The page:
It is not lost to political observers how then Vice President George Saitoti and Opposition leader Raila Odinga were elbowed out of Kanu by former President Daniel arap Moi in the run-up to the 2002 General Election after they opposed the nomination of Uhuru Kenyatta as the party’s presidential candidate.


Also edged out alongside the duo was its outspoken former secretary-general JJ Kamotho, former Cabinet minister William ole Ntimama and Nairobi Kanu supremo Fred Gumo.

These moves have led politicians, especially those harbouring presidential ambitions, to form or buy regional parties to pursue their goals instead of risking their careers in the so called national parties where they wield little influence.

It would seem that Mr Ruto — who had a front bench view of these Kanu and ODM machinations — has put the lessons in good use from the inception of Jubilee by covertly planting his allies in key organs.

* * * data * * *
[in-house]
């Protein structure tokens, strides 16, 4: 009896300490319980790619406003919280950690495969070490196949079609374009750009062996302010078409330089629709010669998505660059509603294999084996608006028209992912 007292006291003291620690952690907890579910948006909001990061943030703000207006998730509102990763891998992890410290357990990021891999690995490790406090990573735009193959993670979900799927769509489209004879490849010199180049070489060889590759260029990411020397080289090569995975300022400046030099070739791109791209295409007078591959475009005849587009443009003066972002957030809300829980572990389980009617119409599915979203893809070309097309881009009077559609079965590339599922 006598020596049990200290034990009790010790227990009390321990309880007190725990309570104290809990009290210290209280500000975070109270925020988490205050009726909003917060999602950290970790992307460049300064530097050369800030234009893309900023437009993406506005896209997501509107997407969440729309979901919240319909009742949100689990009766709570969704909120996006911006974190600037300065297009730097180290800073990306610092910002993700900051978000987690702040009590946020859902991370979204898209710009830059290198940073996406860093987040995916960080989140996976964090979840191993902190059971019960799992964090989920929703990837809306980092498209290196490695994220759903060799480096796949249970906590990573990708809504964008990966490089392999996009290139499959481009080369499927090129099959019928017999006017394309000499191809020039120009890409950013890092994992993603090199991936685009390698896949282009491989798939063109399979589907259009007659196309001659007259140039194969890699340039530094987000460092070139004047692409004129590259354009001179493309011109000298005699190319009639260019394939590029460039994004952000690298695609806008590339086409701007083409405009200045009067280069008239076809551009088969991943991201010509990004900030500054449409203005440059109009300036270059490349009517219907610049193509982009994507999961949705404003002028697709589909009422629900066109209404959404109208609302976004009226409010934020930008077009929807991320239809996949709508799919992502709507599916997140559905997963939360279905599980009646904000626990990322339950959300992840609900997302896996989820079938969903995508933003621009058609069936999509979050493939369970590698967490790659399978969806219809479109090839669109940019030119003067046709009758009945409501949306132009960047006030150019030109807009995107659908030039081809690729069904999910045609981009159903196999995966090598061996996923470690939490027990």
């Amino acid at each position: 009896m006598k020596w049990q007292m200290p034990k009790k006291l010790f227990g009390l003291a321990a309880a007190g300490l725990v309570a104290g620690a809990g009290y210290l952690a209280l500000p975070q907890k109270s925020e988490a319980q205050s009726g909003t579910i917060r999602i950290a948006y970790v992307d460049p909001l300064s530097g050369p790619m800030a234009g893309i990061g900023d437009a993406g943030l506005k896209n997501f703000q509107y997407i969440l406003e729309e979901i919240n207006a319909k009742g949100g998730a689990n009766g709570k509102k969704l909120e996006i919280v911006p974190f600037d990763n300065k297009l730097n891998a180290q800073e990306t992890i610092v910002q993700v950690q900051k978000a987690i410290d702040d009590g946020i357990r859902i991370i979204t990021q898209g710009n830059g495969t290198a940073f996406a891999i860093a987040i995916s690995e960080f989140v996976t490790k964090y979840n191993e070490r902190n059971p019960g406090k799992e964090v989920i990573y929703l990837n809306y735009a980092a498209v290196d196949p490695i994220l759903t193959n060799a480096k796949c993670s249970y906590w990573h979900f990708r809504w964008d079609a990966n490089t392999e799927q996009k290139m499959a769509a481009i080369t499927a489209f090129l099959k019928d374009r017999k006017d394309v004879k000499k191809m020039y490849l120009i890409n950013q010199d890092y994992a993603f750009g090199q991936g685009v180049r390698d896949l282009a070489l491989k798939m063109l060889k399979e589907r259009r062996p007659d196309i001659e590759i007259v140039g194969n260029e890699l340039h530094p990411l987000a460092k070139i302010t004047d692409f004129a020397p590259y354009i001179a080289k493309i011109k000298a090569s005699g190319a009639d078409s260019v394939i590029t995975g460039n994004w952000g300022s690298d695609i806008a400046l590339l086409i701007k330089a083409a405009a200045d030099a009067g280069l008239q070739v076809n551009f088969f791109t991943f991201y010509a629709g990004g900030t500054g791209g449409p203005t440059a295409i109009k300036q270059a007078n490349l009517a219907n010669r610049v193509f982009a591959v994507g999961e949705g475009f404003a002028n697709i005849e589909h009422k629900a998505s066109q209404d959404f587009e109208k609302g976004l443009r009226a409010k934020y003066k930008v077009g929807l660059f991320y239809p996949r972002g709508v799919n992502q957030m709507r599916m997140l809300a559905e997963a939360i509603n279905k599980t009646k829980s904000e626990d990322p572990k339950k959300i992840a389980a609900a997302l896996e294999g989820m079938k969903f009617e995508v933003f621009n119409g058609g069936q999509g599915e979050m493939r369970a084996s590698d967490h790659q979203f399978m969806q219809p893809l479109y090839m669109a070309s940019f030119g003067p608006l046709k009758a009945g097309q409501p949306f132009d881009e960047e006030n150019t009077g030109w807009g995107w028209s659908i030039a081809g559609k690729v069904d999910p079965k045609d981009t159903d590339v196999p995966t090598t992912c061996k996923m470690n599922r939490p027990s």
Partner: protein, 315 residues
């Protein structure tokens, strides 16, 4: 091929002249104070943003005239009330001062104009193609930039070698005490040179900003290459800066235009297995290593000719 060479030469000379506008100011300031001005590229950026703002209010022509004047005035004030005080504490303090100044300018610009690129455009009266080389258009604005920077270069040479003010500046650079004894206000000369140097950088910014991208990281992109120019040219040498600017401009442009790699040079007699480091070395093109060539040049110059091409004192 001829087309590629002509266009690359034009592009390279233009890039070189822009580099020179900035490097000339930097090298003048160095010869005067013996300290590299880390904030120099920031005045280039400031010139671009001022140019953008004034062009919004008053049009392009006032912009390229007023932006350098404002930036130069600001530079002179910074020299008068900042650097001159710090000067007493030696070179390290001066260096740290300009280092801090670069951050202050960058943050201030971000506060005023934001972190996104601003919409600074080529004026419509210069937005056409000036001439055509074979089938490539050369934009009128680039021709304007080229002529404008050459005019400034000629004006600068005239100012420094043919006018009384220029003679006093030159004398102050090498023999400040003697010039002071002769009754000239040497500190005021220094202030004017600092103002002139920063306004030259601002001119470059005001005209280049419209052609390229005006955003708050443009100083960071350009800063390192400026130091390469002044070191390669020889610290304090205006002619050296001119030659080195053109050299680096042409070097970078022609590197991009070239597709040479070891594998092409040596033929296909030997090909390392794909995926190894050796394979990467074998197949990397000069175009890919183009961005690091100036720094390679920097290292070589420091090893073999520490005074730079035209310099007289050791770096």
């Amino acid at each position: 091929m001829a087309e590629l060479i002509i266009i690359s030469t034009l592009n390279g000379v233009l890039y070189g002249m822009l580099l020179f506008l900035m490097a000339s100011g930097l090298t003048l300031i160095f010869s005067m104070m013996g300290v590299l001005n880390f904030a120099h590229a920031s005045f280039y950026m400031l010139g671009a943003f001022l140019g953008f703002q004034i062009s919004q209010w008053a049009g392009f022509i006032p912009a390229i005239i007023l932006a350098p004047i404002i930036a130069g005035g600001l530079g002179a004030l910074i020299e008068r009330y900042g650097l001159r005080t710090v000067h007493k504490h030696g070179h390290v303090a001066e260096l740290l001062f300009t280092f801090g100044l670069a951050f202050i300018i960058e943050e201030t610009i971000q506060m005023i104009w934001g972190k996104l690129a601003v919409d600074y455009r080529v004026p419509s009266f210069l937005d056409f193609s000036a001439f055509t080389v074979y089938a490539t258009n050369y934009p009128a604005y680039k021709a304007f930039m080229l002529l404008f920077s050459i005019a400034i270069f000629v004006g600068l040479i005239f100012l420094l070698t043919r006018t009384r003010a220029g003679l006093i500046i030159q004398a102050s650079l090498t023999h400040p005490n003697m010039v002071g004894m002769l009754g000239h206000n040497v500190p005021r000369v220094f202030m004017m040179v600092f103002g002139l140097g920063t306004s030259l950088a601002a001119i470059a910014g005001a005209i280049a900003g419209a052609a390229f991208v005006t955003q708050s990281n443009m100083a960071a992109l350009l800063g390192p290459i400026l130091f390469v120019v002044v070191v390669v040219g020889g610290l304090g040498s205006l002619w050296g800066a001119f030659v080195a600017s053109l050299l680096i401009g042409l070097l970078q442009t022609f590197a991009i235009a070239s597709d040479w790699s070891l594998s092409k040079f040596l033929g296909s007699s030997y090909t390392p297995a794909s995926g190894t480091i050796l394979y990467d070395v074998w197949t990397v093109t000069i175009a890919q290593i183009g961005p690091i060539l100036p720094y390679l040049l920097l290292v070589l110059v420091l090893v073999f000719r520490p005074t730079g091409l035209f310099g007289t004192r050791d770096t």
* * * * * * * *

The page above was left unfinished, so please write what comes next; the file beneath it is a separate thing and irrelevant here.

For instance, majority of those who lost during the Jubilee party primaries, especially from the Mt Kenya region, still blame the DP for their predicament while many elected leaders have him to thank for their victories.

Murang’a senator and the party’s deputy chief whip in the Senate Irungu Kang’ata maintains that whoever controls the party organs will have the final say on the outcome of its elections.

“The appointments were made on 50/50 basis by the President and the Deputy President. No one can say that each has a better following in party organs. In the end what will matter is who has better skills ahead of a major decision,” he said.


Soy MP Caleb Kositany said the history of party politics show that one has to get the composition of various organs right from the start to avoid last minute disappointments.

“The President is the party leader and we have not sat down as a party to decide on any issue that we have not agreed with after extensive consultations. It is premature to say that this side belongs to this or that but in case it comes to disagreement, there will always be a way out. Do not forget that in the end it is wananchi who will have the final say on who leads them,” he said.

The National Advisory Council comprising former chairpersons of the defunct parties this week issued a statement which appeared to target Dr Ruto.